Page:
Brief History of Bury - Page 2

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Norman to Tudor Period

When the Domesday Book was compiled in 1086 the current borough of Bury was owned by the Norman knight Roger de Montebegon, who granted some of his land to Sir Nicholas de Radeclive. His descendent James de Radcliffe (spelling of names tended to evolve over the years) had a hall and defensive tower built in 1403, of which part survives as Radcliffe Tower.
Radcliffe Tower
Remains of Radcliffe Tower in Tower Street. The Old Tower Inn is just visible in the background.

Radcliffe Manor House
Radcliffe Tower and its attached Great Hall and Manor House, which were demolished circa 1840.
(Taken from an old drawing.)

By 1155 the manor of Bury was owned by the de Bury family, after Edward de Bury married Alice de Montebegon. In the 13th century the manors of Bury and Tottington were administered by a bailiff living in Brandlesholme Hall.

Later Bury manor passed into the ownership of the influential Pilkington family. Sir John Pilkington inherited the manor in 1406, and also controlled lands in Hertfordshire, Northampton, Suffolk and Norfolk. He took part in the battle of Agincourt in 1415. The Pilkington's manor house, located on a site overlooking Bury Ground, was built and fortified in stages between 1350 and 1470.
John's descendent Sir Thomas Pilkington fought with Richard III at the battle of Bosworth but following defeat he forfeited his lands and the manor house was dismantled from 1489 on. Parts of the foundations remain as Bury Castle.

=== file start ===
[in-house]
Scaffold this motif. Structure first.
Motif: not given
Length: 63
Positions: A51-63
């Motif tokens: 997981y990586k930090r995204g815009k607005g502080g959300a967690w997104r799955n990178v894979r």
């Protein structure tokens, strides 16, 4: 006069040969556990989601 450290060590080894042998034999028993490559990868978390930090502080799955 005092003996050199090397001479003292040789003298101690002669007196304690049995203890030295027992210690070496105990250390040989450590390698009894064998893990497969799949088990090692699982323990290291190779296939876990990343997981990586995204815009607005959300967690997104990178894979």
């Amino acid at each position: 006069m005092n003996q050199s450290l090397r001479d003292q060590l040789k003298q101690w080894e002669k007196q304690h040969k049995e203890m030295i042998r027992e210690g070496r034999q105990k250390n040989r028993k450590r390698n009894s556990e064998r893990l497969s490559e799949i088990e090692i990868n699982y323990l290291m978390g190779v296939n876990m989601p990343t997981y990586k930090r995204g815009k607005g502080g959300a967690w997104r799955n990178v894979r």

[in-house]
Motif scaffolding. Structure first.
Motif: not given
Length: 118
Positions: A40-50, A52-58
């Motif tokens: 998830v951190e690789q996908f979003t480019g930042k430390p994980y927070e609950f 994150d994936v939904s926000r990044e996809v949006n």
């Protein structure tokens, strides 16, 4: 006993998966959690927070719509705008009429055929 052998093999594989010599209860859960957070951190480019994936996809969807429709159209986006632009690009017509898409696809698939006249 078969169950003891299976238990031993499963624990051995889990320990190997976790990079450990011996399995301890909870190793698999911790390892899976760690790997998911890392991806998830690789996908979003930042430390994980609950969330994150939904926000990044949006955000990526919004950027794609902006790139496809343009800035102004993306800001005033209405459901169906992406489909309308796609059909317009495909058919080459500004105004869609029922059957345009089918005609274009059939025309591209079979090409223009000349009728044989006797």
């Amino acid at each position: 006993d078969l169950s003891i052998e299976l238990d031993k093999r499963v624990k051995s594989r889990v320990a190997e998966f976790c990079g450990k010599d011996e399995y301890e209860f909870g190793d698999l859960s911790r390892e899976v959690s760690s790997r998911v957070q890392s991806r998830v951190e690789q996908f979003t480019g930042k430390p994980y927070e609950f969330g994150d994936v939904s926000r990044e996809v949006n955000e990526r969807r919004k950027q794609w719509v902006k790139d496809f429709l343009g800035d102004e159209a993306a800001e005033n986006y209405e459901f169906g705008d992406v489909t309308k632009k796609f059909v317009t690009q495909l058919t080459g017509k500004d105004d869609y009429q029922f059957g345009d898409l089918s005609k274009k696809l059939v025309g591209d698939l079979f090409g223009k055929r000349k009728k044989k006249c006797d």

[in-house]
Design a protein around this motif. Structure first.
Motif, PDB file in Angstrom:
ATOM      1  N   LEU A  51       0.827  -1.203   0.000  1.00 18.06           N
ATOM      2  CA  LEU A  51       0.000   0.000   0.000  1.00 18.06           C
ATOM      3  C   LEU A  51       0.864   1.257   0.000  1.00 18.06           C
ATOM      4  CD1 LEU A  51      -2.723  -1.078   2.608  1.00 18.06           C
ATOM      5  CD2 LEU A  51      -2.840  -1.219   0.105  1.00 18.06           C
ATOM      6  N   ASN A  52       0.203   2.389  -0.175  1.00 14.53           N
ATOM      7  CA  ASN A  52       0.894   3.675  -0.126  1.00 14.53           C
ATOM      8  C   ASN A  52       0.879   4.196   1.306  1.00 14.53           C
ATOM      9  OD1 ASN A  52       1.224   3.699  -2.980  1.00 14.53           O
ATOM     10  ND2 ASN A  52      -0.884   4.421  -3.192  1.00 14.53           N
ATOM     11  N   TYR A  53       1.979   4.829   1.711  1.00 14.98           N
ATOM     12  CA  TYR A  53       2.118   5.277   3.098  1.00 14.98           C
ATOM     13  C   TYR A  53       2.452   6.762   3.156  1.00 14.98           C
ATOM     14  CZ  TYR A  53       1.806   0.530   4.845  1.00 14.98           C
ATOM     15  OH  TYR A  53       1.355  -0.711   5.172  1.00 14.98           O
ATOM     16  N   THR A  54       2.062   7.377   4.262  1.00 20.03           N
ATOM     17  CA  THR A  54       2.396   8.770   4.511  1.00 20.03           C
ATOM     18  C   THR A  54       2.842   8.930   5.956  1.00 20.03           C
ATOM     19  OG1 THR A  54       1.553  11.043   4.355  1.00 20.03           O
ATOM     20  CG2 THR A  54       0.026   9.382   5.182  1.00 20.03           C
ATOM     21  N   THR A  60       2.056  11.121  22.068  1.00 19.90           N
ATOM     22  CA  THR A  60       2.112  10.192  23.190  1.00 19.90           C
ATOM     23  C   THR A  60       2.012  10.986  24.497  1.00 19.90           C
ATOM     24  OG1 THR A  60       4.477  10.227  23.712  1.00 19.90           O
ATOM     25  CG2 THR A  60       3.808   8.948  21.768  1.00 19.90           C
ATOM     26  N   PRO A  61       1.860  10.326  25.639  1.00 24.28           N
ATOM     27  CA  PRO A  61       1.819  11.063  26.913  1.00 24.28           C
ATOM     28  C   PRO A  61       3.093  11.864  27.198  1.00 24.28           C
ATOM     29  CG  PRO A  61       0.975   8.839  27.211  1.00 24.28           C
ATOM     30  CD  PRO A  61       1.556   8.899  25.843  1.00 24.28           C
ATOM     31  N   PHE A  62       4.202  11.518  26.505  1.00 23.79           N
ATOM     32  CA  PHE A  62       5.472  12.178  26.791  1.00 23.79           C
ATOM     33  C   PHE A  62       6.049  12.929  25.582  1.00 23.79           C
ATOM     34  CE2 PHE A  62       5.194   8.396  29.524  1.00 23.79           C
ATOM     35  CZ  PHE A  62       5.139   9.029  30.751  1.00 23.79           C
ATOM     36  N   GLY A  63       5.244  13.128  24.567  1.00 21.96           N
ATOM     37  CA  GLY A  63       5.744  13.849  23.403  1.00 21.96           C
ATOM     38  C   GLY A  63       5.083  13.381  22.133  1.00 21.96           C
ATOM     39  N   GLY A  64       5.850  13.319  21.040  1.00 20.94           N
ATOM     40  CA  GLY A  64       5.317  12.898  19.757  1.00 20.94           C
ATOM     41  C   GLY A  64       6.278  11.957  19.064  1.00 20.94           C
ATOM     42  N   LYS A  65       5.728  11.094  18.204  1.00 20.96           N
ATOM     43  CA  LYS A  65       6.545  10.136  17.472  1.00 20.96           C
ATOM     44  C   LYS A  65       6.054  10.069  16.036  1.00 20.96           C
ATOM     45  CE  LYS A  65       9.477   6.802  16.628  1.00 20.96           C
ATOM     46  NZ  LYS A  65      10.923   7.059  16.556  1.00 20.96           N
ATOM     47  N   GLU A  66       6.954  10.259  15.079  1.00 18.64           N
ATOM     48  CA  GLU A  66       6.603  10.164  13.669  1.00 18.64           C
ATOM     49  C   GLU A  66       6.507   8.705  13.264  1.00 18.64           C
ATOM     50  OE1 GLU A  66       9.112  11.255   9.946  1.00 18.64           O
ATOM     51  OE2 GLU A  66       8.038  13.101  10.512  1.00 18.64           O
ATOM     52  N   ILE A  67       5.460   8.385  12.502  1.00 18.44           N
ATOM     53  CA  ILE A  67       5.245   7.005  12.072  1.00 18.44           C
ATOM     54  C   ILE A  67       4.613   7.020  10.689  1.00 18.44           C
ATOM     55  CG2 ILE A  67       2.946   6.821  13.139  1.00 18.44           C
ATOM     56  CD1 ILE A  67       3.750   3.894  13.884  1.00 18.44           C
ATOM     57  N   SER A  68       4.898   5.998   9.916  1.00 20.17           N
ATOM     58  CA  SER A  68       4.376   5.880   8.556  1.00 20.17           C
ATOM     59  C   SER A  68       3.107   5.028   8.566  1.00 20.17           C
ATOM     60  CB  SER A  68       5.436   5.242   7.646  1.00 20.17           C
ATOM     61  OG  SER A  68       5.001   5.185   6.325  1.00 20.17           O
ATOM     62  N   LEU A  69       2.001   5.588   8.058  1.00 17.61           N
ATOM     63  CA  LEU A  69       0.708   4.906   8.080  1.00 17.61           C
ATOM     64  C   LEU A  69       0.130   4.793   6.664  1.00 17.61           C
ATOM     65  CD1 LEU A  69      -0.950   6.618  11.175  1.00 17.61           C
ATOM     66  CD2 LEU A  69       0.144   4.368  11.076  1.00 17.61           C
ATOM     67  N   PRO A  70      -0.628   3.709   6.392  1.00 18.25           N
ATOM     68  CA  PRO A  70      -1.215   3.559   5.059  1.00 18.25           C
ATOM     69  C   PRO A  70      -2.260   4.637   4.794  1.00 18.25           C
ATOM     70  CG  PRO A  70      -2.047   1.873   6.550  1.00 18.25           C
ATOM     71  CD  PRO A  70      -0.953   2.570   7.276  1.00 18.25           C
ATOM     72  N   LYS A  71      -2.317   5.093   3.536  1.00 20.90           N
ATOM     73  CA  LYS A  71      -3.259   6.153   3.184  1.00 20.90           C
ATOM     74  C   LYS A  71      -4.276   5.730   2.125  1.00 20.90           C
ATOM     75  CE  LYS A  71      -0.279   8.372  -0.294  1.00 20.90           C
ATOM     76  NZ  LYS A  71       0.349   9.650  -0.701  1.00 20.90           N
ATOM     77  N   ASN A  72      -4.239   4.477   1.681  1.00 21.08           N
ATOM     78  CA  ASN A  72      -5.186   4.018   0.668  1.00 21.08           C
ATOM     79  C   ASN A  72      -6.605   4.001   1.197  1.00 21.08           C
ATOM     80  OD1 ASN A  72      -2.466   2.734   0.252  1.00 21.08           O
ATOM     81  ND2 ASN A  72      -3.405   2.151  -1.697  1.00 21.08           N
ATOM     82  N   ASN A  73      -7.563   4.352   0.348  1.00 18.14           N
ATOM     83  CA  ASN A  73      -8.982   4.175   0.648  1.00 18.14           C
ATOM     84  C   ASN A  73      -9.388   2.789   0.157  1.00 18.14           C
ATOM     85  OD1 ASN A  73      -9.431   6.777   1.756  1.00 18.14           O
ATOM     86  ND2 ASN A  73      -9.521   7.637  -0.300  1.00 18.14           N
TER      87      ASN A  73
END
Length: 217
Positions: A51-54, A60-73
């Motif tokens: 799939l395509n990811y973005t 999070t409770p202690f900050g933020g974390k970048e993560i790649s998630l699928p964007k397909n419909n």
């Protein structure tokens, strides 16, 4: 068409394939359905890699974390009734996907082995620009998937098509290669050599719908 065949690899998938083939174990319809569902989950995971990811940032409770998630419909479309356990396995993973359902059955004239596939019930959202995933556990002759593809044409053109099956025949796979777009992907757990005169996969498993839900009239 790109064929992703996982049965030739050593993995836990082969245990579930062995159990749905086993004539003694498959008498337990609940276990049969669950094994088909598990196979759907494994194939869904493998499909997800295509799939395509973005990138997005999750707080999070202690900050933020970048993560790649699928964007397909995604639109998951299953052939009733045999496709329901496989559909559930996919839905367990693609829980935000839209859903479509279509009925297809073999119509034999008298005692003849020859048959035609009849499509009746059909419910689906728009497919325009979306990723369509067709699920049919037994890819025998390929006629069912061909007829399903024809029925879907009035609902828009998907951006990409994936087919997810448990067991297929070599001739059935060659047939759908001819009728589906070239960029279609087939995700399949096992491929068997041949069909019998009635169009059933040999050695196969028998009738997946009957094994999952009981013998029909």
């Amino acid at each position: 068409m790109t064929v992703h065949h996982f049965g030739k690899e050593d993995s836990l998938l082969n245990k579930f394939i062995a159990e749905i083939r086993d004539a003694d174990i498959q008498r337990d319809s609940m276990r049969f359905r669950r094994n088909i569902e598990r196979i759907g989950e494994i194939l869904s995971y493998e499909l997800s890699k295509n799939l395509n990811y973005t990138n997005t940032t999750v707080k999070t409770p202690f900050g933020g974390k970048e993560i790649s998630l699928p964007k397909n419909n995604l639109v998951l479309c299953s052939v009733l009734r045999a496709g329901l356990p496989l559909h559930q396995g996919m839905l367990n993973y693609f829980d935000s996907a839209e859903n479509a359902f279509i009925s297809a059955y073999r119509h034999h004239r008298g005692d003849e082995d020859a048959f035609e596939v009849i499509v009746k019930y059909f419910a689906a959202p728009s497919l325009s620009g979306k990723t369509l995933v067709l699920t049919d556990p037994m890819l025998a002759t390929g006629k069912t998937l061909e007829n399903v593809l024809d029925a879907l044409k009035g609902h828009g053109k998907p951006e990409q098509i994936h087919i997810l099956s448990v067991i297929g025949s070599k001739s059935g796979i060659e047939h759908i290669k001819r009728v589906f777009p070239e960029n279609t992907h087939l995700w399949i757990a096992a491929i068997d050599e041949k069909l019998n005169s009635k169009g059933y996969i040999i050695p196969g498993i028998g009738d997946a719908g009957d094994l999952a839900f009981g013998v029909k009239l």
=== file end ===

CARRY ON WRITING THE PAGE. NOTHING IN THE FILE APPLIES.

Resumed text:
Bury Castle
Foundations of Bury Castle, in front of the Army Cadet building in Castle Street.

When Henry Tudor became king the former Pilkington lands in Bury were given to Thomas, Lord Stanley who was later made the Earl of Derby and was one of the biggest landowners in Lancashire.

The Beginning of the Textile Industry

The Black Death of 1348 to 1350 had reduced the population to such an extent that much land in Bury was no longer being cultivated. This led to a shift to the less labour-intensive sheep farming and the emergence of a woollen trade, which was brought to Bury by Flemish weavers. The Pilkingtons had been granted a royal charter for a market in Bury in 1440 and this was held outside their house, in Market Place.
In the early 16th century Bury was still a very minor town and although it was slowly growing its population was only about 1000, living in small houses around the market place and a few nearby streets.
Bury began to expand more rapidly during the industrial revolution, as the Manchester area became the centre of the textile industry.
One factor in Bury's development is that several important inventions in the cloth-making industry were made by local people:
Flying shuttle
A flying shuttle with its bobbin of thread.

These inventions helped the industrialisation of the textile industry. However it should not be thought that the flying shuttle was an overnight success for John Kay. It took a considerable amount of development before it worked reliably. Kay received little in the way of royalty payments for his invention and it was also unpopular with the weavers. The flying shuttle allowed one weaver to do the work of two or three using an older loom, but unfortunately thread was in too short supply to keep all the weavers going and many were put out of work. In 1753 John Kay's home was raided by irate weavers and he fled to France, where he is believed to have died in poverty.

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